6. South Carolina: They’re on the small side. Let’s get that part out of the way. There’s not a 6-3 or 6-5 receiver Dylan Thompson will be able to lob the ball to this season. But nonetheless, he’s got some options. Damiere Byrd is one of the fastest receivers in the SEC, and Pharoh Cooper is another guy who is dangerous with the ball in space. That’s not to mention Shaq Roland, who has All-SEC type talent. Though his 6-1 frame might not excite you, he’s one of those guys who can create separation and get the ball in traffic. If there’s one spot you’d like to see the Gamecocks progress, it’s at tight end. And with Jerell Adams and Rory Anderson, there’s potential to improve.

7. Mississippi State: Dan Mullen needs to find some playmakers on offense. Outside of running back, his ability to develop talent at receiver and tight end has been somewhat of a disappointment. This year could change that. Jameon Lewis has the upside of a poor man’s Percy Harvin, someone who can take it the distance any time he touches the football. De’Runnya Wilson, a 6-5 target with a hoops background, is just the type of over-the-top threat to play off the small, speedy Lewis. With a good group of running backs and a quarterback who can extend plays, expect more from the passing game in 2014.

8. Tennessee: Butch Jones has a lot to be excited about when it comes to his receivers this season. But until the status of Pig Howard is determined, that excitement is on hold. The talented receiver was forced to miss all of the spring with “personal issues.” If he can return and join Marquez North, it would make for a formidable one-two punch. Add top signee Josh Malone into the mix and whoever starts under center should be happy with what he’s working with. That said, without a single starter returning on the offensive line, time for the quarterback to throw downfield could be a big obstacle.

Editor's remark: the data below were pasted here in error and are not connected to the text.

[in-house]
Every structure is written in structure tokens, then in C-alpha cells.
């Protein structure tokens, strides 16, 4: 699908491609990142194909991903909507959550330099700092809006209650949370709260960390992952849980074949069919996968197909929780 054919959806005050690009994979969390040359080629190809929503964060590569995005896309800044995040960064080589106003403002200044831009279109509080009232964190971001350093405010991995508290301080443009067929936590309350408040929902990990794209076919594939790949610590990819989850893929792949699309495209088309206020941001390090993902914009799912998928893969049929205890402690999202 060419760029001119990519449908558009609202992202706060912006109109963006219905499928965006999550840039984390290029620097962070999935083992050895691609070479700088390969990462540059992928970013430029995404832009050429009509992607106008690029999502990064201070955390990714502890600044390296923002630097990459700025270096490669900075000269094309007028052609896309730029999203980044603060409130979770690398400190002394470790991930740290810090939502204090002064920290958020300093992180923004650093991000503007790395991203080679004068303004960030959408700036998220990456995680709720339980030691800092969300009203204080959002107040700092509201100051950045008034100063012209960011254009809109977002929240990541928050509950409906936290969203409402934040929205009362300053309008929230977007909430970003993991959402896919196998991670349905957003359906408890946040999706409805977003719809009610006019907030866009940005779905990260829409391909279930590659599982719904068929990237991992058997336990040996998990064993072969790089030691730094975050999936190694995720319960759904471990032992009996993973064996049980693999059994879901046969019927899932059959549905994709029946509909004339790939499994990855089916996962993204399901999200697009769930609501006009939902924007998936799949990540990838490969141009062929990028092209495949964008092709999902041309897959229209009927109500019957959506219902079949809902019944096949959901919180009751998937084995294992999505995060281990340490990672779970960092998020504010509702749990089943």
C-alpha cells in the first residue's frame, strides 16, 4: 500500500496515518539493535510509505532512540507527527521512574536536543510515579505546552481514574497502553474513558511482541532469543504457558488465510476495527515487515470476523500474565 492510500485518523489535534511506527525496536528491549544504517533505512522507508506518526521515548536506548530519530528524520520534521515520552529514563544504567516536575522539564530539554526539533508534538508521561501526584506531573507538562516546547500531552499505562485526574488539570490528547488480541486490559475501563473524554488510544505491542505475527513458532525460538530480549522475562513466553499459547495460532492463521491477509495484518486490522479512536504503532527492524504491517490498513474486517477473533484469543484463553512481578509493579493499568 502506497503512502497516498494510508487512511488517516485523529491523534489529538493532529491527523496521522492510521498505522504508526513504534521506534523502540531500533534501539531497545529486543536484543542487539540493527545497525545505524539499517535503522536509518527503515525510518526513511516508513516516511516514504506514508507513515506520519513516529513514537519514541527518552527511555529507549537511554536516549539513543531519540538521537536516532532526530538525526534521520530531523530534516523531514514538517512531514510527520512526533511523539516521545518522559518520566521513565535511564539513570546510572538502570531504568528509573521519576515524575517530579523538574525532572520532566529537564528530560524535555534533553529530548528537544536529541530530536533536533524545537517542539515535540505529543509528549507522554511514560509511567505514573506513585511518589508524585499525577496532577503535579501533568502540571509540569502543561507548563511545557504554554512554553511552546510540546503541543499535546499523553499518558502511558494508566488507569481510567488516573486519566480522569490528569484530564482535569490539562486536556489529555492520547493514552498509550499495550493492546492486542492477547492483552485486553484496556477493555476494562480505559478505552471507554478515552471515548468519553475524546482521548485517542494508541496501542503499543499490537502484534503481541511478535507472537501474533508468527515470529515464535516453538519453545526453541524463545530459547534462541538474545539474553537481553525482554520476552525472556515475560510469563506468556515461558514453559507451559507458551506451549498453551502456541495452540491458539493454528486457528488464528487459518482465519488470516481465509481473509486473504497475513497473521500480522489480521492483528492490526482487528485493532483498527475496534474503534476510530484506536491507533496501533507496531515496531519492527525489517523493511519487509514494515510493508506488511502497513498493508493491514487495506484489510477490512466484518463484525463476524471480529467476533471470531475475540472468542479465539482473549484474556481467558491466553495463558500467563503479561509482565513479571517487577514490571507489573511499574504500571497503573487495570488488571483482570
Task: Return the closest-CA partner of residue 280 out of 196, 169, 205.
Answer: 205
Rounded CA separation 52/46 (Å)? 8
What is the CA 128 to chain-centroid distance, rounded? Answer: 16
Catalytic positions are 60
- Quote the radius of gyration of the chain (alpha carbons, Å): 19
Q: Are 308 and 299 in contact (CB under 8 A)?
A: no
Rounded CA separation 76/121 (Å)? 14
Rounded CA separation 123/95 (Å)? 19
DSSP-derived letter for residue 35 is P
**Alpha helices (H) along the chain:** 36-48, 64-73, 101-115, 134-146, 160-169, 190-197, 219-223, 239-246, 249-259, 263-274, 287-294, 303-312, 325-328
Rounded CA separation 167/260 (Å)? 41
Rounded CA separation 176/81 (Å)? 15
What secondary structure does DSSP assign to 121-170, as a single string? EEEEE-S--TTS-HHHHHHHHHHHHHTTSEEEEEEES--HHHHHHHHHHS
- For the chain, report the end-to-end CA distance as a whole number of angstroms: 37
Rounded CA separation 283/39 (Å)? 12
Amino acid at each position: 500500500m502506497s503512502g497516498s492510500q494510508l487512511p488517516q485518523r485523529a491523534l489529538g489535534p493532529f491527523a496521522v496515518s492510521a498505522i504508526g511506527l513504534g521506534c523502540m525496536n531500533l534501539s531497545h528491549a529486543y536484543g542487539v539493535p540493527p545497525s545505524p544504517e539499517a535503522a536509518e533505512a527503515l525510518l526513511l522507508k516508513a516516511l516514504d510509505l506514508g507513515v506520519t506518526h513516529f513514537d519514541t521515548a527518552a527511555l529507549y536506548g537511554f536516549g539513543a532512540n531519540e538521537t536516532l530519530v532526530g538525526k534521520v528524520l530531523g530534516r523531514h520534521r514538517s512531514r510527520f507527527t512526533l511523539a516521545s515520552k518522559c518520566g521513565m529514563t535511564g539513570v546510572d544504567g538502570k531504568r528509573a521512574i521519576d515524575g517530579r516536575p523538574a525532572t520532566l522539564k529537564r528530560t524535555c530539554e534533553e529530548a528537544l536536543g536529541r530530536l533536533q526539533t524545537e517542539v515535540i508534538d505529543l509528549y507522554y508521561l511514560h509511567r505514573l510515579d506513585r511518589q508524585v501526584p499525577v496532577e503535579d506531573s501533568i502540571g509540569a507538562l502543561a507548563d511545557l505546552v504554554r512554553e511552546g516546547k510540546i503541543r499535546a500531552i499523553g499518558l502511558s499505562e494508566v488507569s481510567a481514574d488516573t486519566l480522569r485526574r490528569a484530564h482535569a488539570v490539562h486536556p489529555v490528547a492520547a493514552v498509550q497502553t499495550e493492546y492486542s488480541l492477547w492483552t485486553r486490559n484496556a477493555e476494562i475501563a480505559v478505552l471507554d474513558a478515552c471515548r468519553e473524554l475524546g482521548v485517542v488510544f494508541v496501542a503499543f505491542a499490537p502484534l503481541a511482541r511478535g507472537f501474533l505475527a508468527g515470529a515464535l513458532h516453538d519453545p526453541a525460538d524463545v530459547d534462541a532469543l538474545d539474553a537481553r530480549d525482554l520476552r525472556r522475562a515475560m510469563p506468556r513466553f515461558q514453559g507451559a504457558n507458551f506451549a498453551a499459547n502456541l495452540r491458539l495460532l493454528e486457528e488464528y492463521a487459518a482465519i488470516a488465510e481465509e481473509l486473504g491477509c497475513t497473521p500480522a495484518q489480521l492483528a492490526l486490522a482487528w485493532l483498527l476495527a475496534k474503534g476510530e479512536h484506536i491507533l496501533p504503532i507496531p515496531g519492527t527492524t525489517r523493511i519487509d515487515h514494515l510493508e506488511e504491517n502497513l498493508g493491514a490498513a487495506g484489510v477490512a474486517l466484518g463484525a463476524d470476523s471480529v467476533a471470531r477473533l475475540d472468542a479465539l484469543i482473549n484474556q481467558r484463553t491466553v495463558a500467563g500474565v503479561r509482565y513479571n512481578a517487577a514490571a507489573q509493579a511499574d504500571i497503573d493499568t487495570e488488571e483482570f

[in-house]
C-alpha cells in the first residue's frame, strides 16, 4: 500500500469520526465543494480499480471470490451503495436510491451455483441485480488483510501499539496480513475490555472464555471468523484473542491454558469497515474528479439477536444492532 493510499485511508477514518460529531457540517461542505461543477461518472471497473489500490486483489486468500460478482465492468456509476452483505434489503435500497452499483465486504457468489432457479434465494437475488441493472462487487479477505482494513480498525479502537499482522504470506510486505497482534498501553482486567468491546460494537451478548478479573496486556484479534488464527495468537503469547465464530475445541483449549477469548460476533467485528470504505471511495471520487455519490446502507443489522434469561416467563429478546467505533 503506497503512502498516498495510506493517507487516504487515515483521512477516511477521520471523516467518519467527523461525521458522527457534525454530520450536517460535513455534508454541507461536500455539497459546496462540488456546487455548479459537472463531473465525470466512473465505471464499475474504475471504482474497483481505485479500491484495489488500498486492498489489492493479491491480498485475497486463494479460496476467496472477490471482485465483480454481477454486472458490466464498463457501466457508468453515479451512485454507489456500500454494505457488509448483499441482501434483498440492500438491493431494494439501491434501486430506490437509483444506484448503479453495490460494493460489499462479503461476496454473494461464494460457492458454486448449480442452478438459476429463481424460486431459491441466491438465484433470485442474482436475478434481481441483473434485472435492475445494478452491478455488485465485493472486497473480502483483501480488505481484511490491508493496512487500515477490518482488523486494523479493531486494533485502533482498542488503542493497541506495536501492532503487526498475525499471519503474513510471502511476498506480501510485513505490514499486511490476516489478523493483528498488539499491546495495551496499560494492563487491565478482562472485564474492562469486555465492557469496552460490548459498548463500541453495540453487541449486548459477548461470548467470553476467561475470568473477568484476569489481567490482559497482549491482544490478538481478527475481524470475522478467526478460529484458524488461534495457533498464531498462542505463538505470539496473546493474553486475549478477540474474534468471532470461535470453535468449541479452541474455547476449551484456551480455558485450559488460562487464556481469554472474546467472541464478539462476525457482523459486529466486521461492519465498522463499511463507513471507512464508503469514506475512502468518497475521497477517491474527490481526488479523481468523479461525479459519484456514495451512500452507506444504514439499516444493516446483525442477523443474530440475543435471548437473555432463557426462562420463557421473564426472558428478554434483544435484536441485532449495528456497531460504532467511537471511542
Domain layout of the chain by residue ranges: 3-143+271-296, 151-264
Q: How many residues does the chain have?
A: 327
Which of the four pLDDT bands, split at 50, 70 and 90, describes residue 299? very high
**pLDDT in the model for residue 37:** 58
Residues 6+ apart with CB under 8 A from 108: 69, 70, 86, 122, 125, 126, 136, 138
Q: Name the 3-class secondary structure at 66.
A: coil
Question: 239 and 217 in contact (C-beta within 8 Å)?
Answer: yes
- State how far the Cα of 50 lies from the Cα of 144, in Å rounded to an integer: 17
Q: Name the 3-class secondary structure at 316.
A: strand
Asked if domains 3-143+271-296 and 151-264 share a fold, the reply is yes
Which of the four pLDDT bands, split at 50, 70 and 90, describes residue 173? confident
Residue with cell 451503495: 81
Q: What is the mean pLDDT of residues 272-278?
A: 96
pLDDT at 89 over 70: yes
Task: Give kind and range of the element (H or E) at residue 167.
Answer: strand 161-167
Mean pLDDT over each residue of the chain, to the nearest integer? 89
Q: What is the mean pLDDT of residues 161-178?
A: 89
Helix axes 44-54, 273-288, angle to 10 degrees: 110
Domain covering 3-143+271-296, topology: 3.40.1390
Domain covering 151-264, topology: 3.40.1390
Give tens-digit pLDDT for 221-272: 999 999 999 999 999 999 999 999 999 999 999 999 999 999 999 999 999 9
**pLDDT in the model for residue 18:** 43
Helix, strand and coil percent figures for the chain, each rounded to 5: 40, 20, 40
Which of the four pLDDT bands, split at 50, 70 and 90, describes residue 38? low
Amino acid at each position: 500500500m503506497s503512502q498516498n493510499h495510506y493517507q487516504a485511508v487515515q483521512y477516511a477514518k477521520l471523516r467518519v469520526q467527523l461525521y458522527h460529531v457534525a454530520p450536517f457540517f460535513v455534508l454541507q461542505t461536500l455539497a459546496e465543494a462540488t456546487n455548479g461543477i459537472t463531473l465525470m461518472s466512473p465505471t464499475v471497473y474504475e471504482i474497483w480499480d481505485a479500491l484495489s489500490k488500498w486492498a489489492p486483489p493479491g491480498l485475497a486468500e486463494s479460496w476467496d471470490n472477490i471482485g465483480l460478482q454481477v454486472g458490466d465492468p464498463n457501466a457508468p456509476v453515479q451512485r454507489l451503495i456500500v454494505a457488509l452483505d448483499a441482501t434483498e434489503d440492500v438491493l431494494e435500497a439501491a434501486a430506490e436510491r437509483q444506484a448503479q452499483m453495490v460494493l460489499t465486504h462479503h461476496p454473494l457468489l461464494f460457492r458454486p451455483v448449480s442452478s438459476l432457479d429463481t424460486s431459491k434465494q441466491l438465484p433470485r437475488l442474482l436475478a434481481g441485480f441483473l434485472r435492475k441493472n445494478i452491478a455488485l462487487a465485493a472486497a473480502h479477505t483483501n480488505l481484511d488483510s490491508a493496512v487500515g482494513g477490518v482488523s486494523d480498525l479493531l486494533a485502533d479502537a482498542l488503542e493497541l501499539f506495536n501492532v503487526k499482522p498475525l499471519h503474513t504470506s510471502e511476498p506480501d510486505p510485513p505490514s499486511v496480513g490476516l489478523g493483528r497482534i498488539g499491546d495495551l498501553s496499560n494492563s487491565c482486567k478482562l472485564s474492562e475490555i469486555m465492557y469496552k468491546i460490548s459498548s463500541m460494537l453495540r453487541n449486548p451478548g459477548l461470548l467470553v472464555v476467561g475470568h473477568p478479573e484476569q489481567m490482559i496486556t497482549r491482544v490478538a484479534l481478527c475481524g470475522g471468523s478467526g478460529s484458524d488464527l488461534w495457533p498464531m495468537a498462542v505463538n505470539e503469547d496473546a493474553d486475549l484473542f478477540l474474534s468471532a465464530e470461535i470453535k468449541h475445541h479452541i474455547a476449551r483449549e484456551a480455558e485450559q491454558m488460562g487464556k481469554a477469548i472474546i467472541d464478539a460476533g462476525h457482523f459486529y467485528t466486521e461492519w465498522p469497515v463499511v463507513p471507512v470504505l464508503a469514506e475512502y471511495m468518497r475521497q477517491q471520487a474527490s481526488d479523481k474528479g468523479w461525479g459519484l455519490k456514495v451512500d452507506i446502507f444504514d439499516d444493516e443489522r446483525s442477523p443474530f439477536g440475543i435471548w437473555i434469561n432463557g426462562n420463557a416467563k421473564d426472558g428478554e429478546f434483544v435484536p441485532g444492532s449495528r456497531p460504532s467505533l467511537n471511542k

9. LSU: Yes, the team’s top two receivers are gone. Jarvis Landry and Beckham were both the real deal last season, accounting for 66 percent of all receptions. And, yes, LSU is replacing its quarterback, too. But we’re betting on potential here. Travin Dural and John Diarse have the tools to be starters in this league. And then there are the freshmen. LSU signed two the top three receivers in the 2014 class -- No. 1 Malachi Dupre and No. 3 Trey Quinn -- in addition to Jacory Washington, the No. 5 tight end in the country.

10. Florida: It’s time to prove it, Florida. We’ve heard for a few years now how the receivers were getting better. But last season was the same old story with no real playmakers on the outside. Maybe new offensive coordinator Kurt Roper will change that. Demarcus Robinson seems in line for a big sophomore bump, along with Ahmad Fulwood and Chris Thompson. With seniors Quinton Dunbar and Andre Debose back, there’s a good amount of depth to lean on. But until we see consistent results from the Gators’ receivers, we’ll have to wait and see if this really is the year.

11. Missouri: Gary Pinkel had to let Dorial Green-Beckham go. But what a waste of talent it was. He would have easily been the most talented receiver in the SEC. Now his future, and that of Missouri’s offense, is up in the air as the Tigers fail to return any of their top three pass-catchers from last season. Seniors Bud Sasser and Jimmie Hunt are back, which helps, but more receivers will need to emerge to help Maty Mauk in the passing game.

12. Kentucky: Javess Blue quietly was one of the most productive receivers in the SEC last season, despite having little consistency at quarterback. Blue, now a senior, finished 14th in the league with 43 catches for 586 yards and four touchdowns. He’ll anchor a group that has some potential. Ryan Timmons, a former four-star prospect in the 2013 class, could break through after playing in all 12 games as a freshman. And as far as true freshmen go, look for Kentucky to lean on its 2014 class that includes Thaddeus Snodgrass, T.V. Williams, Dorian Baker and Blake Bone.